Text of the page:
Archive for transportation

Inverse Appropriation of Power

Posted in Critical Commentary of Civilization, Environmentalism with tags , , on October 5, 2012 by eposognatus

overcompensatingIt continually astounds me how people crave more than they need, or even more than they could ever possibly use. The automotive industry is a horrific offender in the more than you need category, and while we – in the US – still do not produce any fuel-efficient vehicles worth speaking of, we continue to cater to the horsepower crowd.  The majority of people today have no contact with horses. Because of this, and their immensely poor elementary education, they have no concept of the power of single horse. Horsepower is a measurement of work performed over time, equivalent to 746 Watts or 33,000 ft·lbf/min. Since this still is meaningless to most of us, let me put it in terms of driving. To maintain 60 MPH on level ground the average car only requires about 12 HP. That’s it. All the extra is there for acceleration, passing, and going much faster than the speed limit.

Power output of automobiles has varied over the years, with the earliest cars making around 20HP and going from there. The point here however isn’t how much and when but why. The average passenger car today comes with well over 200 HP. If you look at what you can do with that much power, you really have to start wondering why you need it to drop the kids off at school and pick up groceries.

The above graphic illustrates some popular vehicles and their HP ratings. These were not chosen as extremes, but as well known and commonly-operated models. The Toyota Camry and F-150 are consistently in the top five best selling vehicles in the US, and the D6 and Skyhawk are iconic in their roles.

From Low to High

Caterpillar D6n: 150 HP

Cessna Skyhawk: 180 HP

John Deere 6170r: 200 HP

Toyota Camry: 268 HP

Dodge Grand Caravan: 283 HP

Ford F-150: 360 HP (or more).



Posted in Arts (Design & Performance), Cooperatives / Communities / Networks / Travels, Environmentalism with tags , , , , , , , , , , , , , , , , , , , , , , , , , on March 21, 2010 by Drogo


Hippies are people too. Sometimes we forget because the hippie movement fell out of favor only a decade after it began. Why? Because hippies were different, hippies are made fun of, and often financially powerless because by definition they gave up desire for those social and political constructs and aspirations. Also it is popular to say they “stink” because they often smell different due to bathing and patchouli practices. It is popular to make fun of astrology, and “new age” alchemical spiritual beliefs. It is the natural tendency to make fun of people that are different than normal standards, by birth or by choice, and to be biased against them.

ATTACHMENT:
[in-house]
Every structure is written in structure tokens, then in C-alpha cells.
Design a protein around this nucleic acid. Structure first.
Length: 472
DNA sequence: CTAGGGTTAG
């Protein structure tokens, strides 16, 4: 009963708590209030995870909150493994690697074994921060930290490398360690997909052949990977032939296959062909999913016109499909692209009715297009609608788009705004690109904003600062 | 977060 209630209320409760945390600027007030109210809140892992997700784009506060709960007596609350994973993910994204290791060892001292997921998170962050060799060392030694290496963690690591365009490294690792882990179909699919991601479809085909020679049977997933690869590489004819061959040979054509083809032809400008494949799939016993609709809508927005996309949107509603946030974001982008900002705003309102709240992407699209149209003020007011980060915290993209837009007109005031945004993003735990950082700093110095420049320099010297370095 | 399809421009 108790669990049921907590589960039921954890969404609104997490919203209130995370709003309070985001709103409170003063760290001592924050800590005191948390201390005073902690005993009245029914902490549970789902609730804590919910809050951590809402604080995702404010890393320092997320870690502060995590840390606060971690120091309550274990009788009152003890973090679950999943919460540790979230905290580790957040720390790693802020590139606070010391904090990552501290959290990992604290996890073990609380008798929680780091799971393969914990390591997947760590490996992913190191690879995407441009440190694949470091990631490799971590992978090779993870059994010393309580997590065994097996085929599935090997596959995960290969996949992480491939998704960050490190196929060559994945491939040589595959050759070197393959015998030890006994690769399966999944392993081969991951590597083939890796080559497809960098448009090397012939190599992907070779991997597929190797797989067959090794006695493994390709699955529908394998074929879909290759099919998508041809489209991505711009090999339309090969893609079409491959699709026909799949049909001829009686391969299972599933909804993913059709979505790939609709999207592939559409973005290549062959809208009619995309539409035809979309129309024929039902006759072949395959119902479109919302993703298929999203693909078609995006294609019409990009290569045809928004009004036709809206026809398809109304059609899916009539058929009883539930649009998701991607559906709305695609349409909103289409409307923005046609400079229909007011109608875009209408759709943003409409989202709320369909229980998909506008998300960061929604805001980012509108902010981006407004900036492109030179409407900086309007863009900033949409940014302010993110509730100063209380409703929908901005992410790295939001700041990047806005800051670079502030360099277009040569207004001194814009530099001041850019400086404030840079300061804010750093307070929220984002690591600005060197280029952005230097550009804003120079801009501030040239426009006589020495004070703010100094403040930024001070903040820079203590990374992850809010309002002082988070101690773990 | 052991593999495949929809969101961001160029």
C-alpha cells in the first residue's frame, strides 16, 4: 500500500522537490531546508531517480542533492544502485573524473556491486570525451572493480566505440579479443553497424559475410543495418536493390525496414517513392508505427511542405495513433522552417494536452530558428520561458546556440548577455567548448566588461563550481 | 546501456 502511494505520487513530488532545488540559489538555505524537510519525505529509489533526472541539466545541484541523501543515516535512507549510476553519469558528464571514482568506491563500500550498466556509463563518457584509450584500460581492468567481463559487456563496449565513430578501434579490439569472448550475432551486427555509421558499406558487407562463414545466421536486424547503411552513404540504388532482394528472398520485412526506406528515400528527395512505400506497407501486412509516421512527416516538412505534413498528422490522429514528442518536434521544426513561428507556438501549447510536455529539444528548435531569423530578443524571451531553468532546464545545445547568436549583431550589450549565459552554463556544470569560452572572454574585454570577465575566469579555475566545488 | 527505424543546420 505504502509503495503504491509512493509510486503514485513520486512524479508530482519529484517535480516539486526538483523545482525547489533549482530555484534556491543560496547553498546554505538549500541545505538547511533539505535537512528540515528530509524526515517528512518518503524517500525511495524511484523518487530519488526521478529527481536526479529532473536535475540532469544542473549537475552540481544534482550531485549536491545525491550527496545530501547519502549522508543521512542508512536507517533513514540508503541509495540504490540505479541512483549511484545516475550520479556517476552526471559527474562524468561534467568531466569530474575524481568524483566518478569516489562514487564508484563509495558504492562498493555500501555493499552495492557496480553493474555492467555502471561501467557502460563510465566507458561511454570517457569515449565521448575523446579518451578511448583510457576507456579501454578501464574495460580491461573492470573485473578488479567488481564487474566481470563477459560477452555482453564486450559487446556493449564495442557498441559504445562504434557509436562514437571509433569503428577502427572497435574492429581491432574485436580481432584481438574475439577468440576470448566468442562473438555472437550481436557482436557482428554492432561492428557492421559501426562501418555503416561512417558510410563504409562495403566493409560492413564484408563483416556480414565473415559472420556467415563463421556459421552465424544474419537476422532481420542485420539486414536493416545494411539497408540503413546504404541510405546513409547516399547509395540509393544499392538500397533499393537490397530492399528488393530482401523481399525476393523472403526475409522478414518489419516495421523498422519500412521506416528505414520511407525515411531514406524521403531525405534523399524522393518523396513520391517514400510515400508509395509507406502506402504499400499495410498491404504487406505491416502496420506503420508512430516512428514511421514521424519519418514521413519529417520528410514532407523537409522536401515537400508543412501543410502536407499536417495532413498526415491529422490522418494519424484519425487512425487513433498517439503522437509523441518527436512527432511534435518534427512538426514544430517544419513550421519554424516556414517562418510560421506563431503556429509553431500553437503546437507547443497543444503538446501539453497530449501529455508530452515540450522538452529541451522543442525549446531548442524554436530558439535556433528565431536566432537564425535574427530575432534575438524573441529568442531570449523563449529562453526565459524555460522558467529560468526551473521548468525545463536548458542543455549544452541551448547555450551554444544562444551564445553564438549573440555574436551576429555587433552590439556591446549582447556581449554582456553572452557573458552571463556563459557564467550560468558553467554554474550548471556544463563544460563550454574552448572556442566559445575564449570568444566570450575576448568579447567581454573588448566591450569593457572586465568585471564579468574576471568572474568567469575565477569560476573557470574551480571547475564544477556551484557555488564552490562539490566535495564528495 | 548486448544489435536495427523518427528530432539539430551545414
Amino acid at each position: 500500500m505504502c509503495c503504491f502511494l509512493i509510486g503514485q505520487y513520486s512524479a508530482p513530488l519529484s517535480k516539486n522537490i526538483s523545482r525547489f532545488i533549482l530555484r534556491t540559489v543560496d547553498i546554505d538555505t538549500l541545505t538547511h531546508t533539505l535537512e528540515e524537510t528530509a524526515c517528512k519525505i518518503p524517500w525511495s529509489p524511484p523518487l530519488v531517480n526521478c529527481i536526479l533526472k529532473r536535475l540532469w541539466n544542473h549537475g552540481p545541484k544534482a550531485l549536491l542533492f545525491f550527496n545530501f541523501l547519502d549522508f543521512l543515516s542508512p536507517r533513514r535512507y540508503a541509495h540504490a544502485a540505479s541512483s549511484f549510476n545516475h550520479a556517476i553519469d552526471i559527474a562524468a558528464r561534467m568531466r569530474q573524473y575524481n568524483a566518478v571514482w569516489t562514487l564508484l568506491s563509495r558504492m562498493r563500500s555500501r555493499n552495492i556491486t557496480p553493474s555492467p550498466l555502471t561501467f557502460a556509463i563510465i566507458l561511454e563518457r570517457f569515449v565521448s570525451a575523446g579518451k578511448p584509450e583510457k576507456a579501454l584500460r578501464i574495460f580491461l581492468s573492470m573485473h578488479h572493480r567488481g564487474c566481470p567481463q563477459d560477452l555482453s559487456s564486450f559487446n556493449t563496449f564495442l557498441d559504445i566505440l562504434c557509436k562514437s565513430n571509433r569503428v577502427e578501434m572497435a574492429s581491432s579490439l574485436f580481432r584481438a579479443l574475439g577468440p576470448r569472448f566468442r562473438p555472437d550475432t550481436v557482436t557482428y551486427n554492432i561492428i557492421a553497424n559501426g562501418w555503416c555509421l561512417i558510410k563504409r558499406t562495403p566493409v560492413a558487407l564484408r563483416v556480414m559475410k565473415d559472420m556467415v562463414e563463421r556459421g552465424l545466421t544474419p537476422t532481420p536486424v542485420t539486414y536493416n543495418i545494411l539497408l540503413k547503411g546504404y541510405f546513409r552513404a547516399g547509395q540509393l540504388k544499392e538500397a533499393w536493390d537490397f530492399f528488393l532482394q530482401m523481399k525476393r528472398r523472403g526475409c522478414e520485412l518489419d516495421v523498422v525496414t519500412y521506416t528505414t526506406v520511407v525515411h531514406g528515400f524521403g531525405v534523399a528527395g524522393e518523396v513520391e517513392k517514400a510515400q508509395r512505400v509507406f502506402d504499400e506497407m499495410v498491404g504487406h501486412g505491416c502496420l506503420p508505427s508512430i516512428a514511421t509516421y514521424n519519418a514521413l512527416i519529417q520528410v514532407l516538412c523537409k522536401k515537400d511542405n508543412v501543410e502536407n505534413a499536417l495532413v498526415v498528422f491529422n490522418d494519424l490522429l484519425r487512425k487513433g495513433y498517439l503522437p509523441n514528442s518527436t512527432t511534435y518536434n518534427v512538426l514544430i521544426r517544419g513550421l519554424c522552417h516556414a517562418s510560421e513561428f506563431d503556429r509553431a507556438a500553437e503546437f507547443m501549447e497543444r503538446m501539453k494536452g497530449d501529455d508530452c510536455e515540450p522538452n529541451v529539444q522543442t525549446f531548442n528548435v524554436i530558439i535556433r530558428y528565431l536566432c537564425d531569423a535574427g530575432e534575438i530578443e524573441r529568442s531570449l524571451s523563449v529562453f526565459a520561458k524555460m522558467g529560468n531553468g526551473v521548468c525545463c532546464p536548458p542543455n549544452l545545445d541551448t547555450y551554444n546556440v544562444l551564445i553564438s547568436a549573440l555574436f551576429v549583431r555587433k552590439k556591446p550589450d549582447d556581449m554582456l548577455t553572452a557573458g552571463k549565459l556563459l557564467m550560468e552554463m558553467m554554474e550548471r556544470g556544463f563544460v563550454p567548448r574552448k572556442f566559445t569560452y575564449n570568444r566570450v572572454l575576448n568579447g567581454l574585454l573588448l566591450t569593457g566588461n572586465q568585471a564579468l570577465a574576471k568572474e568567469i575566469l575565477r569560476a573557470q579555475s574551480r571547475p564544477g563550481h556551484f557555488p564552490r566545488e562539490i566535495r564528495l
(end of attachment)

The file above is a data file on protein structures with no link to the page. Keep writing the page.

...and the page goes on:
So “hippy” has become a derogatory label.  There was a decade when many believed and felt they were part of larger revolution, and not just a fashion taboo. Others will always believe that their idealism was flawed, and they were always just criminal bums. Those people are usually called different names by those they call hippies, to be fair.

The popular Hippie Movement during the 1960s, had evolved from the 1950s counter-culture of hipster beatniks, and embraced a revolutionary return to naturalist folk traditions. Peace was a major motivating factor for many people to become a hippy. Environmentalism, drug use, and alternative lifestyle freedoms were also very dominant aspects of the movement.

The peace symbol was developed in the UK as a logo for the Campaign for Nuclear Disarmament, and was embraced by U.S. anti-war protestors during the 1960s. Originally the “V” finger sign stood for Victory (a return to peace) in WWII, but ironically was adopted by hippies to remind people about the joys of peace. Hippies were mostly pacifists and many participated in non-violent political protests, such as marches and demonstrations for civil rights, liberties, and peace.

The degree of political involvement varied widely among hippies, from those who were active in non-violent demonstrations, to the more anti-authority street aggression of the Yippies (the most politically active hippie sub-group). The active yippy political rebels led to underground resistance groups like “The Weathermen”, and often operated violently as anarchists. Pacifist hippies tend to disagree with hateful tactics.

The Hippie Movement continues to the present day, but began to decline in the 1970s with the emergence of new popular movements like Disco, and later was rejected by Hip-hop breakdance, Goth, Punk, and Yuppism in the 1980s under the hyper-inflation of Reaganomics. The economic bubble of the 1980s (which revived the 1950s industrial enthusiasm) had a lot to do with the cultural supremacy of Cocaine.

The multi-culturalism of the 1990s was a peaceful integration of many colorful hippy values like celebrating ethnic diversity and environmentalism, with modern technology and the enthusiasm of the commercial 1980s. Improvements in transportation allowed these benefits of travel, including the popularity of tattoos. However, this positive zeitgeist was smothered by the Military Industrial Complex under Bush II.